For anyone who heard Jerry Falwell Jr.'s glowing introduction of Donald Trump when he spoke at Liberty University recently, his endorsement of Trump for president probably didn't come as a surprise. But that isn't stopping Liberty alumni and other Christian leaders from sharing their displeasure on social media.
If you don't know, Jerry Falwell Jr. is the president of Liberty University, the largest Christian university in the world.
A #LUAlumniAgainstTrump Facebook page quickly emerged.
Falwell says he's not working to elect a pastor in chief, rather he's interested in a commander in chief who's "a successful executive and entrepreneur, a wonderful father and a man who I believe can lead our country to greatness again."
He has encouraged people to look at the "fruit" of Trump's life such as his financial generosity. However, some Liberty alumni are drawing attention to some of Trump's, shall we say, more rotten fruit.
"For a school that focuses on loving God and loving other people, it's odd to endorse someone who only seems to love himself and other people who love him," Janet Kelly, class of '98, posted on Facebook.
LU alumni Paul Troth expressed his embarrassment...
Falwell's brother, Jonathan, who replaced his father as senior pastor at Thomas Road Baptist Church Tweeted...
He also posted this statement on Facebook:
Eager to win Iowa, Trump celebrated Falwell's endorsement on his Facebook page.
Michaela Messer points out that Falwell isn't a pastor like his father and brother, he's a lawyer.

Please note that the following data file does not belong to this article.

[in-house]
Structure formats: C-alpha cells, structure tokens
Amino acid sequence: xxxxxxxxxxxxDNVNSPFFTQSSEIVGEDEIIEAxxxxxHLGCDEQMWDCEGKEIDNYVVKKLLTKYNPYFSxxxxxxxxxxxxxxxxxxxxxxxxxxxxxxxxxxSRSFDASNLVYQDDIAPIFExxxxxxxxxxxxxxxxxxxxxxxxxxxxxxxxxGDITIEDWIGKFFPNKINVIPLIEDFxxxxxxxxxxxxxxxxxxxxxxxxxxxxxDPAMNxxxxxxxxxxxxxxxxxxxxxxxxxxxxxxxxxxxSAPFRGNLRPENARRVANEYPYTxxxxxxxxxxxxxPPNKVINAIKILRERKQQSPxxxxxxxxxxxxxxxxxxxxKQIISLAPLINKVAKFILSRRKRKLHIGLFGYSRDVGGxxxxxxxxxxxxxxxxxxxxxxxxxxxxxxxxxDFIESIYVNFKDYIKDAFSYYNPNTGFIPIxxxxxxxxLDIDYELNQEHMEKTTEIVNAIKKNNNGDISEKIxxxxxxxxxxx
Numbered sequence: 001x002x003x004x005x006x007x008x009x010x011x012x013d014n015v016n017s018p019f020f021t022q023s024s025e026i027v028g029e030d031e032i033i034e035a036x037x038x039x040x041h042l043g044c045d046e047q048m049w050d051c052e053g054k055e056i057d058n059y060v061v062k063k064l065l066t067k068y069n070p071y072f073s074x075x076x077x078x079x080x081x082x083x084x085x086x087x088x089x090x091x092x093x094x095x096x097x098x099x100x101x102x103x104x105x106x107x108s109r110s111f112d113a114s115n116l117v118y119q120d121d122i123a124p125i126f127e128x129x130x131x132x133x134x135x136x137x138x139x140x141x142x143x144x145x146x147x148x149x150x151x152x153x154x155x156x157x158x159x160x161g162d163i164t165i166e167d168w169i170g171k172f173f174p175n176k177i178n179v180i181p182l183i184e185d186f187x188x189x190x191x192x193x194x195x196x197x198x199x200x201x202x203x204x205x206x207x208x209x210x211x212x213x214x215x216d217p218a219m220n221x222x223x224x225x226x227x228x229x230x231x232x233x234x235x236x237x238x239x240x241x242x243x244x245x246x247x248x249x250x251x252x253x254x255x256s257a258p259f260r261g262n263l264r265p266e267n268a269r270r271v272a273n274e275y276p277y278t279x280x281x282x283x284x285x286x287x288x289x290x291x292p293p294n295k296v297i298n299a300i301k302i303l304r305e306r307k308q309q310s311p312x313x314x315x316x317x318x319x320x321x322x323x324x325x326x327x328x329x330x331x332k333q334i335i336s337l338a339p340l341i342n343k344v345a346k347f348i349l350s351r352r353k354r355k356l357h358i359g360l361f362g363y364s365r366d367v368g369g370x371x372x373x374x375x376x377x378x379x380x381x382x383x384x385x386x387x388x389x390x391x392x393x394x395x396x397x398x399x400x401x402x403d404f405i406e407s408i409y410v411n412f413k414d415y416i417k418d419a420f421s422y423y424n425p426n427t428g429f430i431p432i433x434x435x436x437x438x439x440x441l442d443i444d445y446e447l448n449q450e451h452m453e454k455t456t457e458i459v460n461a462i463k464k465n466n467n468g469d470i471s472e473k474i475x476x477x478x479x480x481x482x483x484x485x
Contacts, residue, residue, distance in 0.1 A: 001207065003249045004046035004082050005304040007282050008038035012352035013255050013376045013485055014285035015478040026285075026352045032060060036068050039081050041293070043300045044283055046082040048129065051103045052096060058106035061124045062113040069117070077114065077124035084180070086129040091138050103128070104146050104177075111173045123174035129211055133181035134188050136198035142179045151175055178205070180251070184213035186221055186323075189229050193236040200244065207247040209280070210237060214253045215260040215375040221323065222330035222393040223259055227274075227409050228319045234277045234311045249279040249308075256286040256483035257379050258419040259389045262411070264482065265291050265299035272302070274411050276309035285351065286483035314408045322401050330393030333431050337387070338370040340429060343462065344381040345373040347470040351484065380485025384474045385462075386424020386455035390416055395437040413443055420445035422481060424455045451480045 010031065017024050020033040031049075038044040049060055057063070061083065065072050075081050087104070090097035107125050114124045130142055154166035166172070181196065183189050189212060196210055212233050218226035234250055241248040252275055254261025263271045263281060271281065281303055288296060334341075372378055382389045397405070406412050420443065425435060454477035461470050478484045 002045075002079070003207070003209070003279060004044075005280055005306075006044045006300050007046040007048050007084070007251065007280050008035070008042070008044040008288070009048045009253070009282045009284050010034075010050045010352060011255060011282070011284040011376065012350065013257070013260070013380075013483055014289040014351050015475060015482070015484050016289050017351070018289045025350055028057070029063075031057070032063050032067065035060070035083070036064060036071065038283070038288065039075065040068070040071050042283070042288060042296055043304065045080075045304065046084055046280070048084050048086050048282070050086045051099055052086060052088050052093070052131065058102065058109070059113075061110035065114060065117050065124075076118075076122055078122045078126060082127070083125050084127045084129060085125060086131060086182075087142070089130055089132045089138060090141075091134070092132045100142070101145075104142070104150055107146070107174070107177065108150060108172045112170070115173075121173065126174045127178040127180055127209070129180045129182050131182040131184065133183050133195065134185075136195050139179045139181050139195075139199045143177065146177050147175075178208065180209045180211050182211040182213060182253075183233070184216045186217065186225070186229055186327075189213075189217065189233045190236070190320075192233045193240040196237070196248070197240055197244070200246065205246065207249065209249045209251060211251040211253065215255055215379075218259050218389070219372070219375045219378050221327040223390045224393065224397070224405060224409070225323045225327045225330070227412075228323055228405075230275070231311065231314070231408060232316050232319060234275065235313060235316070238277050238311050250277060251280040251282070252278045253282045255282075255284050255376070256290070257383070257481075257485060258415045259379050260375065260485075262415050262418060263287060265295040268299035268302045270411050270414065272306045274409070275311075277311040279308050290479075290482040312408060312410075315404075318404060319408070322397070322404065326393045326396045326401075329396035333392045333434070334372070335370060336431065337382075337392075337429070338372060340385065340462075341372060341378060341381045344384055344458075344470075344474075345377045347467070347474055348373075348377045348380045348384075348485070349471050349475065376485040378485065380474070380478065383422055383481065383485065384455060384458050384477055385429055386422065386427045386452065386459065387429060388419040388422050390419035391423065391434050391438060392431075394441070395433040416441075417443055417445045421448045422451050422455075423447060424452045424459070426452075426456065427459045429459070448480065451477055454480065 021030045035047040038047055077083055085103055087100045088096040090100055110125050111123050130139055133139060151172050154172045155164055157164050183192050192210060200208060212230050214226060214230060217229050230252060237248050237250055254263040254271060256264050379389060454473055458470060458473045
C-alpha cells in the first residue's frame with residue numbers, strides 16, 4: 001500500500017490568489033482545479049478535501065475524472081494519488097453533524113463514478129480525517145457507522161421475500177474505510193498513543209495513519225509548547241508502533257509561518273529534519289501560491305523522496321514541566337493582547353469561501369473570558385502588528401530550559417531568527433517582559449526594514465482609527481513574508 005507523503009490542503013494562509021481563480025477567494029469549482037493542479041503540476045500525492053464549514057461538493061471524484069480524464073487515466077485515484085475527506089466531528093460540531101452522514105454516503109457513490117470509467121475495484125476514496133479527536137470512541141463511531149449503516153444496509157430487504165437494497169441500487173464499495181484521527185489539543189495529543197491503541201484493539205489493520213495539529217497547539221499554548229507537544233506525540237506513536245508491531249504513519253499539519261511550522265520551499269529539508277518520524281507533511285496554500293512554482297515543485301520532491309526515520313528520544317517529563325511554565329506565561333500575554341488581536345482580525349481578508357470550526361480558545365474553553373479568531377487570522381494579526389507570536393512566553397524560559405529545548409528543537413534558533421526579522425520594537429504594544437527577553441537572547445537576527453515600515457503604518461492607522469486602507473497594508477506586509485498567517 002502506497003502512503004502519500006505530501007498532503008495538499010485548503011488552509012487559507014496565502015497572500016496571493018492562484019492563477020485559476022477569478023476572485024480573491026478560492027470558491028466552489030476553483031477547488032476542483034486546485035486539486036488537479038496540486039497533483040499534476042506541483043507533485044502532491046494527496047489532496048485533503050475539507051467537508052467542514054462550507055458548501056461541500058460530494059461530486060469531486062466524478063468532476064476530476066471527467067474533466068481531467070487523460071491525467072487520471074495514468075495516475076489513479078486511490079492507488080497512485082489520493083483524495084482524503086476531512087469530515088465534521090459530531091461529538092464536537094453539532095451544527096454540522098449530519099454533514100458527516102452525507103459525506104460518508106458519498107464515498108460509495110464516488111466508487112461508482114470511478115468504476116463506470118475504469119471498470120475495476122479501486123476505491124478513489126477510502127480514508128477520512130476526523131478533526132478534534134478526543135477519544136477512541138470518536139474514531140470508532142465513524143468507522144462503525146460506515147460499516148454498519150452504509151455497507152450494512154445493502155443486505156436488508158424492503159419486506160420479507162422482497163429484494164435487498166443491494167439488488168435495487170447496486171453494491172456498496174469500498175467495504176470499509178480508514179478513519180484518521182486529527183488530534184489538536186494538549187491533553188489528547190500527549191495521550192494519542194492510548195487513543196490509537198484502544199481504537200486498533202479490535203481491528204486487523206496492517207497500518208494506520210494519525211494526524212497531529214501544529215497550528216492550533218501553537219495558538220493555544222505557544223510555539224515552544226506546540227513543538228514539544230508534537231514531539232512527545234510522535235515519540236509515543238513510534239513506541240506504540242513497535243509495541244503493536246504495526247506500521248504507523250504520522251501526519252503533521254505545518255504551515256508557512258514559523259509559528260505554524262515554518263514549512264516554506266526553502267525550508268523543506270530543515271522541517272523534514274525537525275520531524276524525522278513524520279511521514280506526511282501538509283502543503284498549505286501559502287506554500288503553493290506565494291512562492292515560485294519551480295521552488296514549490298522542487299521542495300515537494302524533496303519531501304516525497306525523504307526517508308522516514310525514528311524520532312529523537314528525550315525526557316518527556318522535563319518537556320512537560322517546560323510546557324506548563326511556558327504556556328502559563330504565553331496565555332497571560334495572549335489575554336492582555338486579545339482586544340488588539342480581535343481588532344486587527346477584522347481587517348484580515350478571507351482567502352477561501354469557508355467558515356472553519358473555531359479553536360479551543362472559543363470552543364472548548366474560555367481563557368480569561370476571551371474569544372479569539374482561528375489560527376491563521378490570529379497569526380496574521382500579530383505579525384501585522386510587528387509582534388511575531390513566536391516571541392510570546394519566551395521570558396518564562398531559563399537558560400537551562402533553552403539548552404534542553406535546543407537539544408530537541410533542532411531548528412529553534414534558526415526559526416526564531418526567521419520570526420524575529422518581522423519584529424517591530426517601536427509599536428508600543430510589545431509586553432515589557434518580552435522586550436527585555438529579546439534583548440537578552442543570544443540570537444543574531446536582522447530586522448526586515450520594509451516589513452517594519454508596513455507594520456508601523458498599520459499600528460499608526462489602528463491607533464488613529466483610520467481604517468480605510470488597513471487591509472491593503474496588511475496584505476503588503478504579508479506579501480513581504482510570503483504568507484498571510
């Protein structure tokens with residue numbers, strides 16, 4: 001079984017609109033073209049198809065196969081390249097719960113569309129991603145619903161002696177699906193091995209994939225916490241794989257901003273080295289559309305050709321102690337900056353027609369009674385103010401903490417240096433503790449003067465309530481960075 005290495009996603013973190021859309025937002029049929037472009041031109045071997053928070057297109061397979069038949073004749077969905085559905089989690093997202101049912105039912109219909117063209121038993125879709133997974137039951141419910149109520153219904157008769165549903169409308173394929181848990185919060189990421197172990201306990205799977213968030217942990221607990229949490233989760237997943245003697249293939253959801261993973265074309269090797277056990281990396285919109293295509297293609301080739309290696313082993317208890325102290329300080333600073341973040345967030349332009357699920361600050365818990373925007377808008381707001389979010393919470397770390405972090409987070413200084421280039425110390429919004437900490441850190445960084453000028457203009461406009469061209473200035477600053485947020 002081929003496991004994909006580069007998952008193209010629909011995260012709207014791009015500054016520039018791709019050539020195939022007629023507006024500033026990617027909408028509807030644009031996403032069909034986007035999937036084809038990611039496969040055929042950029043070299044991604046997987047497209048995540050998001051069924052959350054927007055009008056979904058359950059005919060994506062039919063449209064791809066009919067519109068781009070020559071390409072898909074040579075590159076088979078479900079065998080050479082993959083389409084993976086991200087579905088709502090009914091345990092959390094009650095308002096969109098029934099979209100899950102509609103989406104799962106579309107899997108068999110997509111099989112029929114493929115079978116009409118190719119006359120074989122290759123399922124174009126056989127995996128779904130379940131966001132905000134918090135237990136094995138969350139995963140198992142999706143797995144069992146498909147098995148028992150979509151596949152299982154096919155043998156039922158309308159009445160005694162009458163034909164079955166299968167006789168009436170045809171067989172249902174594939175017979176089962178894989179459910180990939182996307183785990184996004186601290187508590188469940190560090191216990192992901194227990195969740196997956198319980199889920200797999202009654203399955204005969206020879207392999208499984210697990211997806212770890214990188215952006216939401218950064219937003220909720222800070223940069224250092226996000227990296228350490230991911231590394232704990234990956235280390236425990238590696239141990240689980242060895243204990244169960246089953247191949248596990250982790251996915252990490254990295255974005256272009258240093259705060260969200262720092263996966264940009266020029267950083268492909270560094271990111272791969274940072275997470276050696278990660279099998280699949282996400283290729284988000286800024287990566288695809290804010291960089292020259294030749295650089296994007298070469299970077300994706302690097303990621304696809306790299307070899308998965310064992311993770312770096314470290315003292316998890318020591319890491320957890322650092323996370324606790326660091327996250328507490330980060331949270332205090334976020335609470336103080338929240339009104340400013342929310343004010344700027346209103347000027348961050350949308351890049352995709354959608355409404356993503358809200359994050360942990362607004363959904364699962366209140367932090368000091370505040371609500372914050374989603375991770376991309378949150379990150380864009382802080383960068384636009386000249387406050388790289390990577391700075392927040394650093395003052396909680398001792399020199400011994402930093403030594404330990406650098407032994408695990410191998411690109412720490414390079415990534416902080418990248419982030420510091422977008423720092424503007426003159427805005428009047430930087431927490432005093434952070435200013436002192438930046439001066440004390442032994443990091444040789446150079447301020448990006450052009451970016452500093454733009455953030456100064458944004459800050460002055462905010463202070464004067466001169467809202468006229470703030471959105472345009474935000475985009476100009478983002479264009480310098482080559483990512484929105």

New polling from the Pew Research Center shows Donald Trump is seen as the least religious of the Republican candidates for president.
The same poll shows 56 percent of Republicans say Trump would be a "good or great" president. They're numbers that indicate Jerry Falwell Jr.'s reasoning is in line with the majority of Republican voters.
On the campaign trail endorsements give candidates bragging rights, but political experts say they don't make much of a difference when it comes to votes.
In this case, Falwell's endorsement of Trump may end up doing more to hurt his relationship with some of his students and alumni who are Liberty's current and future donors than it does to help his candidate.
After receiving "a few questions" about his endorsement, Falwell posted an explanation on his Facebook page that you can read here.
Also, Liberty University is making the distinction that Falwell endorsed Trump as a private citizen, not as the president of the school. The thing is, if he wasn't the leader of the largest Christian university in the world, it wouldn't matter.